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Lastly the main event, the “Making a Difference / A Difference in Making” exhibition by Materialise at the Red Dot Design Museum in Essen, Germany. This exhibition, which includes my 3D printed bicycle, was first held at Bozar, the Center for Fine Arts in Brussles in 2015 but I wasn’t able to attend. So it was awesome to have a second chance to actually get to Europe for this exhibition and attend the opening event. For a 3D printing nerd, there was so much to see! Famous works like Iris Van Herpen’s Escapism dress, Patrick Jouin’s One_Shot stool and Bloom table lamp, The Adidas Futurecraft shoes… And that’s just a small part of the exhibition in these photos. If you can get there before the end of October I highly recommend it, there are so many inspiring examples of 3D printing. Big thanks to the Materialise team for their hard work getting this set up and including my work again, as an Industrial Designer having my work in the Red Dot Museum is certainly going to be a highlight of my career 🙂

Now that my head is full of fresh inspiration, time to head home and ramp up the work on my latest projects. Make sure you subscribe to my blog to keep up with the latest 3D printing experiments and behind the scenes insights.

– Posted by James Novak

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The 3D Printed Bike is Back!

150427 3D BikeLast year was an exciting giant leap into the world of 3D printing when I worked on a 3D printed bike frame for my university Honours project. Materialise were the first to publish my story, and since then it’s been quite hectic (in a good way of course!). Now it’s a new year, I’ve moved into a PhD, and my research has taken new direction; however the interest in this bike seems to be still quite high, and I have just completed a new version of the bike to be permanently exhibited at the Griffith University visitors centre.

Unlike the original frame, which was printed in a single piece by Materialise using SLA technology, this one has been printed in polyamide using SLS from Shapeways (simply due to cost). The SLA frame was a delicate thing to manage, and really showed its limitations over the hot Australian summer when it literally melted whilst stored in my house! So with a new opportunity to print something a little more durable (without costing a giant pile of cash) SLS is the next best option. The limitation with SLS however is the smaller print volume, requiring the frame to be cut into 3 segments and glued together after printing. It certainly feels a bit more durable, although before anyone asks, no this still can’t be ridden! With SLS printing still limited by size, it will be some years before titanium or composite fiber material printers are able to print this in 1 piece… But it will be exciting when it happens 🙂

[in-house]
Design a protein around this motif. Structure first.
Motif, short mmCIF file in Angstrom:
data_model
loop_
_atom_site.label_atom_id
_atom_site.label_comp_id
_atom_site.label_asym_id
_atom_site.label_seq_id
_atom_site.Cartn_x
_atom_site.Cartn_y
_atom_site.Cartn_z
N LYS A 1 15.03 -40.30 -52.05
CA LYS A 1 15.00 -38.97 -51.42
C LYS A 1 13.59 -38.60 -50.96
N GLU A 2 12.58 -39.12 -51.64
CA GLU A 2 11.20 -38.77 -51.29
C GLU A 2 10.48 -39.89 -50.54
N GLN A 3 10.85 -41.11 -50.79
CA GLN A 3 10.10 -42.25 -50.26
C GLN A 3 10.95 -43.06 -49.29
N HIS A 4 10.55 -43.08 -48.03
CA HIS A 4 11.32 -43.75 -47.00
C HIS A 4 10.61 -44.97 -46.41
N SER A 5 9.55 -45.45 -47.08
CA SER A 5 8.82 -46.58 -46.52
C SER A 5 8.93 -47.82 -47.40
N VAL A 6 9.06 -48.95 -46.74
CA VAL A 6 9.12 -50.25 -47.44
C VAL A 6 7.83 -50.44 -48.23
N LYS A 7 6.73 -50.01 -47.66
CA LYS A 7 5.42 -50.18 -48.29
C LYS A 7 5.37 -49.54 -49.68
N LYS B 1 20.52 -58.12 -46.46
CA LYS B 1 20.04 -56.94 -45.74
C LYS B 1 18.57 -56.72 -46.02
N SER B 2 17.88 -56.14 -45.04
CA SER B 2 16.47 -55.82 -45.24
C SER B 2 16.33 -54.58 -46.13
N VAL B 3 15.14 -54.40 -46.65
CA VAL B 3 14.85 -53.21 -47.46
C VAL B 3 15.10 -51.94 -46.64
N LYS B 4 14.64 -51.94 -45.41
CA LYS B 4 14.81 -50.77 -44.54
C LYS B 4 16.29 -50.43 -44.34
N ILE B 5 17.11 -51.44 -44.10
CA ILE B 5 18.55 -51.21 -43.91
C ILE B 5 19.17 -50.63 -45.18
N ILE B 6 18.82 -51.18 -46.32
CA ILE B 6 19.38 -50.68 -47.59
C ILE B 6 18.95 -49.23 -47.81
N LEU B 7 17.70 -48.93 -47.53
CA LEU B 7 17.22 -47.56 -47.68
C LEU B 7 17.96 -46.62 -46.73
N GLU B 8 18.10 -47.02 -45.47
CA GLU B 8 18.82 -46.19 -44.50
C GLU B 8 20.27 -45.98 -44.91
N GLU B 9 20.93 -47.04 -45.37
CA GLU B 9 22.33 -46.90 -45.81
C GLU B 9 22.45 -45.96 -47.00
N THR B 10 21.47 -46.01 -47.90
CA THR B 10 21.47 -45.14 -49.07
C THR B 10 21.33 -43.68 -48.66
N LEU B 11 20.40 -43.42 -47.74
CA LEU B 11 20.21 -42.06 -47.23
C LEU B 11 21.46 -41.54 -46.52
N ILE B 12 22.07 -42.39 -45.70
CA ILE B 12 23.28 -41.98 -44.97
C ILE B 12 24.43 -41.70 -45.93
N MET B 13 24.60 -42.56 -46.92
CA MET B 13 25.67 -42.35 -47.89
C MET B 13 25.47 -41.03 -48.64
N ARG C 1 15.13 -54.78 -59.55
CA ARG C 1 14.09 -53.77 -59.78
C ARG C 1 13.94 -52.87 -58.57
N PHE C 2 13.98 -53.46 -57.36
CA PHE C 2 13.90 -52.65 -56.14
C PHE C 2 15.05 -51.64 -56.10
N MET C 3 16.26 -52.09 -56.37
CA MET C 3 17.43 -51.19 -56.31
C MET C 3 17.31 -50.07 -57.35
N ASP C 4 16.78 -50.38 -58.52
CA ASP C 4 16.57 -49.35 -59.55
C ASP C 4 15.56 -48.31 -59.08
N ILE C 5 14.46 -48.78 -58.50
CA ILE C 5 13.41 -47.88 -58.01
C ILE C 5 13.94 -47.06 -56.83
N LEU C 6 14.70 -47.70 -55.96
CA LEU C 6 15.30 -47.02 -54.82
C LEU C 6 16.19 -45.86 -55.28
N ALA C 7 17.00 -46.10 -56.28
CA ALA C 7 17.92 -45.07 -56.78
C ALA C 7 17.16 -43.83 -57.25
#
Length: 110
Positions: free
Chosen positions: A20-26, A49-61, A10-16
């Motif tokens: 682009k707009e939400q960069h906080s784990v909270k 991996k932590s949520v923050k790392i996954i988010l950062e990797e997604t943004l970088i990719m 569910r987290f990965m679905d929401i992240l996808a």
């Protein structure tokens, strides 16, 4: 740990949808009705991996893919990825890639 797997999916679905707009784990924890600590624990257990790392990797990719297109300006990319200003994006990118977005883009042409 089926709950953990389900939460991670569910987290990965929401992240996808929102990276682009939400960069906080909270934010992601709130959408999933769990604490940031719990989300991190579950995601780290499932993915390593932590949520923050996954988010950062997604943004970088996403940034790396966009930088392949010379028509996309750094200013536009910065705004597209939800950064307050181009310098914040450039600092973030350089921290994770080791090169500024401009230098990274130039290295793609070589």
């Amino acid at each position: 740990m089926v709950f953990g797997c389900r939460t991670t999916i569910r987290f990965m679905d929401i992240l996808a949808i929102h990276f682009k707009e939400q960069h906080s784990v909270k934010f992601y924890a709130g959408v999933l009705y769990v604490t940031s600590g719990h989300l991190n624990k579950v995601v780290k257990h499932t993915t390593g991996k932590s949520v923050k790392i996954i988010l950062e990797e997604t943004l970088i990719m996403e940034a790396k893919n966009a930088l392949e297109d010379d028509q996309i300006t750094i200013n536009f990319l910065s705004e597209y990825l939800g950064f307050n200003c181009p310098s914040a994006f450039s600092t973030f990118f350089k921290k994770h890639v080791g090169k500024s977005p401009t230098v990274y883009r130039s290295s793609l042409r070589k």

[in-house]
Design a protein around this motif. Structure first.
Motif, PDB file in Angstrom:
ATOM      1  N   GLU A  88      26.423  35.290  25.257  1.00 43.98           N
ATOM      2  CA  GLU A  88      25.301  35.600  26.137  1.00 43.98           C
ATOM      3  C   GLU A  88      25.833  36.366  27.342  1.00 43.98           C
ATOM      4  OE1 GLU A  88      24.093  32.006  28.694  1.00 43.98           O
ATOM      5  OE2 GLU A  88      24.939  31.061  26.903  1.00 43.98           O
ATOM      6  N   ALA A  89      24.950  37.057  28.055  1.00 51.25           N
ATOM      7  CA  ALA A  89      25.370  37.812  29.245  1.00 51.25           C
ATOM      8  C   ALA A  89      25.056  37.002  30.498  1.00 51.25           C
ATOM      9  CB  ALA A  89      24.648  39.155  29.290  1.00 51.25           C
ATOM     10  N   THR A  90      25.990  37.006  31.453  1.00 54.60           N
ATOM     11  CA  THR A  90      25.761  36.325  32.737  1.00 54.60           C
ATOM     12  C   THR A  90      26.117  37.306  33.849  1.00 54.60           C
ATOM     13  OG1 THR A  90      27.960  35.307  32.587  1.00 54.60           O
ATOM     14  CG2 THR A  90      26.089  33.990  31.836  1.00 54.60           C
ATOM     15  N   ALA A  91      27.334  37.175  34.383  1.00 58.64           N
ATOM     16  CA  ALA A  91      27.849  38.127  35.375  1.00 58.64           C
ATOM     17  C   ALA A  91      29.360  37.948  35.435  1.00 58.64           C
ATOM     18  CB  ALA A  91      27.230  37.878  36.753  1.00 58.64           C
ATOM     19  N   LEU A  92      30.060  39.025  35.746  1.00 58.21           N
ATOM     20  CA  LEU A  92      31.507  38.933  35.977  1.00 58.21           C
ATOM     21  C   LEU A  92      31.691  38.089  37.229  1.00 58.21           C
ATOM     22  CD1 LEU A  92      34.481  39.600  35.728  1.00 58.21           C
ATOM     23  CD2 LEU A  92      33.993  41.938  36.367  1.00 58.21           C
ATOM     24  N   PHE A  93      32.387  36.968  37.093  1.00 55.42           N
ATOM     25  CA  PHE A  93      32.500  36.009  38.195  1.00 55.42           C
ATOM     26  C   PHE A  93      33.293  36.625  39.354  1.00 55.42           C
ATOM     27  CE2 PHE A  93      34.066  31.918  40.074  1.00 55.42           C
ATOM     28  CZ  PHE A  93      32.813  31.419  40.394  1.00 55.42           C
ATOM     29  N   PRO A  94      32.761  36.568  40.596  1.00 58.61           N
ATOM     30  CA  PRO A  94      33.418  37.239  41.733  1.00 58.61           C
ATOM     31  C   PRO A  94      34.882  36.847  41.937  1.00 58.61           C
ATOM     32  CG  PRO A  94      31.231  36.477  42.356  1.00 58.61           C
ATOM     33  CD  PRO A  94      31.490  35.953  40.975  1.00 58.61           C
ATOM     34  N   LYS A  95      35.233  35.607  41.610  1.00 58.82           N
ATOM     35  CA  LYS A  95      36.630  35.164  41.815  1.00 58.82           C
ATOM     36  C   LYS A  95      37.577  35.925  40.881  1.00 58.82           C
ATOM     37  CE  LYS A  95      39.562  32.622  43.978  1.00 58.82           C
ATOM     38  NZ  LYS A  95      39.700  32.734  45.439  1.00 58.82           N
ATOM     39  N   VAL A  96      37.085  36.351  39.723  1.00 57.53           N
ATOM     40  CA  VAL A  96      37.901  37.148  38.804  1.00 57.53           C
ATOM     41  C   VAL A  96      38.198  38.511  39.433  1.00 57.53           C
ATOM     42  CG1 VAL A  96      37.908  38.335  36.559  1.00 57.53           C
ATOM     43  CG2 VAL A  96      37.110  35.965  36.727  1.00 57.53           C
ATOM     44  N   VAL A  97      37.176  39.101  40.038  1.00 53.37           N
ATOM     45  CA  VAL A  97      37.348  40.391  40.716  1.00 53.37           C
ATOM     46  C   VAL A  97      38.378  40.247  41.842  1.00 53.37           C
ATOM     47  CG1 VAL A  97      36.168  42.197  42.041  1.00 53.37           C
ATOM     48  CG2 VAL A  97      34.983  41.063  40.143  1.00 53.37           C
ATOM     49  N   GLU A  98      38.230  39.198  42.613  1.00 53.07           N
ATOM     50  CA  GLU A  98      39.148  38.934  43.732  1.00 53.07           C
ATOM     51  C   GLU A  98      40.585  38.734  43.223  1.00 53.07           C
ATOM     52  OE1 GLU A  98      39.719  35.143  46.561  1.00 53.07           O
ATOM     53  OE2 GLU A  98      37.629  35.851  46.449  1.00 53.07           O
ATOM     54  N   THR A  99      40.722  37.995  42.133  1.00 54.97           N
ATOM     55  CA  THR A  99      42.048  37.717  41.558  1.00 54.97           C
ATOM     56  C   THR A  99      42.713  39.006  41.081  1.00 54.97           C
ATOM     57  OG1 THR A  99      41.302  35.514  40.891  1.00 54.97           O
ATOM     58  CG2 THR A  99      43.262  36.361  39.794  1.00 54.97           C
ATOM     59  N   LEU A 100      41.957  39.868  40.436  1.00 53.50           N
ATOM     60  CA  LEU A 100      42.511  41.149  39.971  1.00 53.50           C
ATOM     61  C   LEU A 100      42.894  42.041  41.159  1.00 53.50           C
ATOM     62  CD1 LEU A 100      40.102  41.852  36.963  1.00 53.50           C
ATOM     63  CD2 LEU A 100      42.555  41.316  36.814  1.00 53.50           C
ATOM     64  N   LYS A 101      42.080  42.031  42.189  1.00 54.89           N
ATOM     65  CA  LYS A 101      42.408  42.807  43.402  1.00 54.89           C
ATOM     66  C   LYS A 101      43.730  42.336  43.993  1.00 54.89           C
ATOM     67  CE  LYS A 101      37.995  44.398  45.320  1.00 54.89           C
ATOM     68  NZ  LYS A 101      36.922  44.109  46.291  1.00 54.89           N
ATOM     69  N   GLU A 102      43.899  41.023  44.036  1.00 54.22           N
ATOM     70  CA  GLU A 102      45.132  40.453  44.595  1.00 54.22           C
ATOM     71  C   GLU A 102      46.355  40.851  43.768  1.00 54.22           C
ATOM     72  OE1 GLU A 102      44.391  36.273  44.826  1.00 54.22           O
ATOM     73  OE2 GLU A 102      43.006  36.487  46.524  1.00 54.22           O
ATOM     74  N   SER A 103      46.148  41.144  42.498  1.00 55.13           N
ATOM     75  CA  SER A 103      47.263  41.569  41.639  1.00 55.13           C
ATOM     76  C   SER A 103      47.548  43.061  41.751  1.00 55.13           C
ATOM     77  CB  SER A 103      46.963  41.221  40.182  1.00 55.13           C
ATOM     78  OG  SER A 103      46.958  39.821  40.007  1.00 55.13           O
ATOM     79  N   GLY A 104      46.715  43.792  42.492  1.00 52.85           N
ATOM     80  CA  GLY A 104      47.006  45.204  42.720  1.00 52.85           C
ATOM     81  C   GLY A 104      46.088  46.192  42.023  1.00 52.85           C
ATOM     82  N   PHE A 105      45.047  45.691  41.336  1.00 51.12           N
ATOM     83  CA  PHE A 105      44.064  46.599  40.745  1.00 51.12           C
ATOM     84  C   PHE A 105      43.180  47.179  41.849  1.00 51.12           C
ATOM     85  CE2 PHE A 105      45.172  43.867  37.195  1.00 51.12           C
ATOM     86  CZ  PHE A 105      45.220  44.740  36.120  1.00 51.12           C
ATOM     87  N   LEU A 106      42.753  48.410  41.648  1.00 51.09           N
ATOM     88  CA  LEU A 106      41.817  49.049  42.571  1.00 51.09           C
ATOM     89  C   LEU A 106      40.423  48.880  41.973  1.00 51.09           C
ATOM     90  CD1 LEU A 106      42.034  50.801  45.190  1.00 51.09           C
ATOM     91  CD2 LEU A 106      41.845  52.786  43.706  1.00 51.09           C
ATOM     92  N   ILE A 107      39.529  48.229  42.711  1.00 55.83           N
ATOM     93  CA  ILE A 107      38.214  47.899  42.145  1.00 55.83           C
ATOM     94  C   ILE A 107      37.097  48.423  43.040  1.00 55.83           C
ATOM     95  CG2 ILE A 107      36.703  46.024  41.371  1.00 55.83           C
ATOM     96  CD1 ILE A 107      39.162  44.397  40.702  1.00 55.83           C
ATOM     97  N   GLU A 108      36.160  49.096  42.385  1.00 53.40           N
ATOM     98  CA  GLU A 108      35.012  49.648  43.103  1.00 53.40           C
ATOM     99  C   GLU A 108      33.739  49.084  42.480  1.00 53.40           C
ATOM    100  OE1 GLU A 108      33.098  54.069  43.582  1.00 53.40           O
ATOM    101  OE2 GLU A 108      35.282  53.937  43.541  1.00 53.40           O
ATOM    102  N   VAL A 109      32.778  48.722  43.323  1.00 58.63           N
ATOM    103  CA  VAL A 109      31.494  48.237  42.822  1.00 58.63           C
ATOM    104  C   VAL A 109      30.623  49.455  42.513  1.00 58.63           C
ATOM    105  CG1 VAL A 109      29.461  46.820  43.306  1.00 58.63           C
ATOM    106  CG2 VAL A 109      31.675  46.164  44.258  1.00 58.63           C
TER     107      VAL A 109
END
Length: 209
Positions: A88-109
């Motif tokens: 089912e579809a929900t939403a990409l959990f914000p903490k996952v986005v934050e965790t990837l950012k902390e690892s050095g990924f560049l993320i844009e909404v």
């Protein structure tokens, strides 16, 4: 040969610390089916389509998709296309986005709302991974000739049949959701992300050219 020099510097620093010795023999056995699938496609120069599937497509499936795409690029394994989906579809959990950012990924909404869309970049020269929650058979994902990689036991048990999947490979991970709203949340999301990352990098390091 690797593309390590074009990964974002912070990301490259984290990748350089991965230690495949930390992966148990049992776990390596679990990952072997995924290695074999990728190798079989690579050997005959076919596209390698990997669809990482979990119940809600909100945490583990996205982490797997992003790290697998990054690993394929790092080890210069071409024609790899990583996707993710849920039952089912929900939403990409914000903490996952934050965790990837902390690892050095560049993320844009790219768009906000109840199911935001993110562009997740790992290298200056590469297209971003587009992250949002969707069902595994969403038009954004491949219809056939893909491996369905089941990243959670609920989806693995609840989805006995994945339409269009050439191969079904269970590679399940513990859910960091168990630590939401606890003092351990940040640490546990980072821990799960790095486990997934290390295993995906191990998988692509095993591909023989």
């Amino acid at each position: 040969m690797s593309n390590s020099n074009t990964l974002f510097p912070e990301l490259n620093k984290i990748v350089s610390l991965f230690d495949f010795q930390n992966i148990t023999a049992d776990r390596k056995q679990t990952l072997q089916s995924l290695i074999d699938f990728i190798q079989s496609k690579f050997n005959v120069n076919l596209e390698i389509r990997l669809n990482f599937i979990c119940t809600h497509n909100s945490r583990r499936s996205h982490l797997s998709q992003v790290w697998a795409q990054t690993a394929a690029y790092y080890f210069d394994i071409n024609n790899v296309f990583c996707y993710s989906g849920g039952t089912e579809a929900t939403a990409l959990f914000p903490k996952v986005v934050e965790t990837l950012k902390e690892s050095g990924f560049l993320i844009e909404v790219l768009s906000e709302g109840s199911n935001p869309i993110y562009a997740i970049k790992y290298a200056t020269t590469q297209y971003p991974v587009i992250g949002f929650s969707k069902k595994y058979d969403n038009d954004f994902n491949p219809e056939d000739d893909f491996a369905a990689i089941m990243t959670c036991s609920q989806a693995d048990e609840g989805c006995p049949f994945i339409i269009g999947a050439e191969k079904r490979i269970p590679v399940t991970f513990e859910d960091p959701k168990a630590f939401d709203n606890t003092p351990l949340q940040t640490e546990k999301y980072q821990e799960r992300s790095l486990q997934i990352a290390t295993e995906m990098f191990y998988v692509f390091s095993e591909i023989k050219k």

– Posted by James Novak

A Step Towards Eye Tracking

2015-04-03 GlassesWhile these may just look like some pretty boring 3D printed glasses, there’s actually a lot more going on than meets the eye. Researchers at the University of Newcastle asked me to CAD model a copy of the SMI Eye Tracking Glasses to be 3D printed. The reason: the real glasses cost around $12,000, and before they let their subjects loose with them, they want to give out 3D printed sets to become accustomed to prior to donning the real set. Sounds like some clever thinking to me, and just another great application of 3D printing.

Unfortunately all I had to work with were 4 rough dimensions and the images on SMI’s website, but I think these should be close enough for this particular application. I’ve modeled them to be 3D printed in a complete assembly using SLS, meaning that there is no assembly required and the hinges are less likely to break. Through Shapeways my set come in under $25! However in order to test my model, I’ve chopped it into pieces to allow printing on my Up! Plus 2 home printer, which is too small to print the glasses in one go. The first image above shows all the individual pieces, with the 2 frame pieces already glued together through the nose section.

The only nervous moment was gluing the end-caps of the frame with the arms inside (creating the trapped hinge motion), since it would be very easy to accidentally glue the arms at the same time! There are also a few distorted sections where the prints lifted off the printing plate slightly during the print – but again, this one is just to test how accurate the 3D model is, with the final prints being sent away for SLS printing. I wonder if a company like SMI should be supplying something like this as part of their kit?… Food for thought with the ease at which the files can be 3D printed.

While I can’t share the files for this design, if you’re after some glasses you can 3D print why not start by checking out a previous project where I 3D printed new arms for my aviators? I’ve shared the files on Thingiverse so anyone can make them.

– Posted by James Novak